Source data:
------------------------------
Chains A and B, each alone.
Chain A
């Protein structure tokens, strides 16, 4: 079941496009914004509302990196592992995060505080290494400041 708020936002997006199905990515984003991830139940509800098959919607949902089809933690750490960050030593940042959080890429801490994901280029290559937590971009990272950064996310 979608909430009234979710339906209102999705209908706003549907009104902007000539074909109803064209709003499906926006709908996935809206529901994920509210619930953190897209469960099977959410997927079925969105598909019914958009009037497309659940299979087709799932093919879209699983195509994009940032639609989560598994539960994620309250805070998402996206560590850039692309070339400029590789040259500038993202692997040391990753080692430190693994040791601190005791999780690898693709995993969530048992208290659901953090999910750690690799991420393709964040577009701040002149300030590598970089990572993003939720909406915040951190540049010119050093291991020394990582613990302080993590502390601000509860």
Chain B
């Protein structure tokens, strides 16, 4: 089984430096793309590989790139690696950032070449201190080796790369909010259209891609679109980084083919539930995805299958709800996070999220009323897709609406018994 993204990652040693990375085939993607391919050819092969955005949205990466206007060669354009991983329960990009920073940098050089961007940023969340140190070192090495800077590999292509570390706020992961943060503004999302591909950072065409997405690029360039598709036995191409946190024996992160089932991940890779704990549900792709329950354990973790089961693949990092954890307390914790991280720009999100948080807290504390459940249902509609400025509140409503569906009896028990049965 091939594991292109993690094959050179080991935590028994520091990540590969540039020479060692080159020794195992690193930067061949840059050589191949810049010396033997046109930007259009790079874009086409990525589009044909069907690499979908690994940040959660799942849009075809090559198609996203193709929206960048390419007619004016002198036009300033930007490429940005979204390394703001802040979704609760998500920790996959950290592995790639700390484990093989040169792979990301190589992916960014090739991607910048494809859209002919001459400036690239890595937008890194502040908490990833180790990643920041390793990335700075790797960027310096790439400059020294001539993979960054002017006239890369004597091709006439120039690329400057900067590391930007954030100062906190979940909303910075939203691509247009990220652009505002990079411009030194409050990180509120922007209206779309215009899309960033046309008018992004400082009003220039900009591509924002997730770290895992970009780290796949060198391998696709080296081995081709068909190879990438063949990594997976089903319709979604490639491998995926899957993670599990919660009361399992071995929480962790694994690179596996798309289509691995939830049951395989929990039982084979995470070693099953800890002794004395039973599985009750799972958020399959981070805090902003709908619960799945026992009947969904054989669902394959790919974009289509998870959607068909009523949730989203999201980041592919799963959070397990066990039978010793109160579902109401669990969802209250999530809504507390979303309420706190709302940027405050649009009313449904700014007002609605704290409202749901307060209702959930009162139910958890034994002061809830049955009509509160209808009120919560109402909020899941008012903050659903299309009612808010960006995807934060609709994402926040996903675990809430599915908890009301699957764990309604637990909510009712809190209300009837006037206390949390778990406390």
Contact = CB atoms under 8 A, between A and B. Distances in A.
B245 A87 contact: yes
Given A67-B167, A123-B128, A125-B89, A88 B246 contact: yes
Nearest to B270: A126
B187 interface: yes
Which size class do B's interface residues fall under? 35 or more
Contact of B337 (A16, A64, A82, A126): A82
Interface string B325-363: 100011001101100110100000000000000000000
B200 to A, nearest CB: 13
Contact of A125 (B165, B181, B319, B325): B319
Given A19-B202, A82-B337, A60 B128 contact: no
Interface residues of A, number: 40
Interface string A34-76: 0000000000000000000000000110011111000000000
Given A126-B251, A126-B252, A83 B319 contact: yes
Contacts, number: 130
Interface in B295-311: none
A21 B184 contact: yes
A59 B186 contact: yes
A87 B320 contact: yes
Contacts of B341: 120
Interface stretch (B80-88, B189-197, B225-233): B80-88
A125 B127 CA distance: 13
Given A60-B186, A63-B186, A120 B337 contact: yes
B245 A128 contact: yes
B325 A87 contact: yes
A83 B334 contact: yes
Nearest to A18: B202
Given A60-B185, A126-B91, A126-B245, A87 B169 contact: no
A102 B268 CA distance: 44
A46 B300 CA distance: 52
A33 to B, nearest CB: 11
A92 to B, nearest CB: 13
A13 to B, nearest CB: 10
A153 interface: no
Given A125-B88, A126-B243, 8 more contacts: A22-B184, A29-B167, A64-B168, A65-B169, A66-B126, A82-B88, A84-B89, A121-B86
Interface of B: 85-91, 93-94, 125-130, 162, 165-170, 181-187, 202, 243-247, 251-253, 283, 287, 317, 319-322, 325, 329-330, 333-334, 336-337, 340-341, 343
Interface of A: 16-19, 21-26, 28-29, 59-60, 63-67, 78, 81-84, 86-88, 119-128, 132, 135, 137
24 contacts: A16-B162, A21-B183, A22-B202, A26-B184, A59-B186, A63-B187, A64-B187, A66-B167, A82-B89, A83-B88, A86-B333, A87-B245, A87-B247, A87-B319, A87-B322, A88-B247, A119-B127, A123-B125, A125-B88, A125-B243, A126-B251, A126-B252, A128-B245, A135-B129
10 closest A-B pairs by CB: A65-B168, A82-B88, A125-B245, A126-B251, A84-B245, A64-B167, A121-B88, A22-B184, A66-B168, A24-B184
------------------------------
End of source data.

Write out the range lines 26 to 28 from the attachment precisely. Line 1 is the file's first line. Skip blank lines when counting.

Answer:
Interface stretch (B80-88, B189-197, B225-233): B80-88
A125 B127 CA distance: 13
Given A60-B186, A63-B186, A120 B337 contact: yes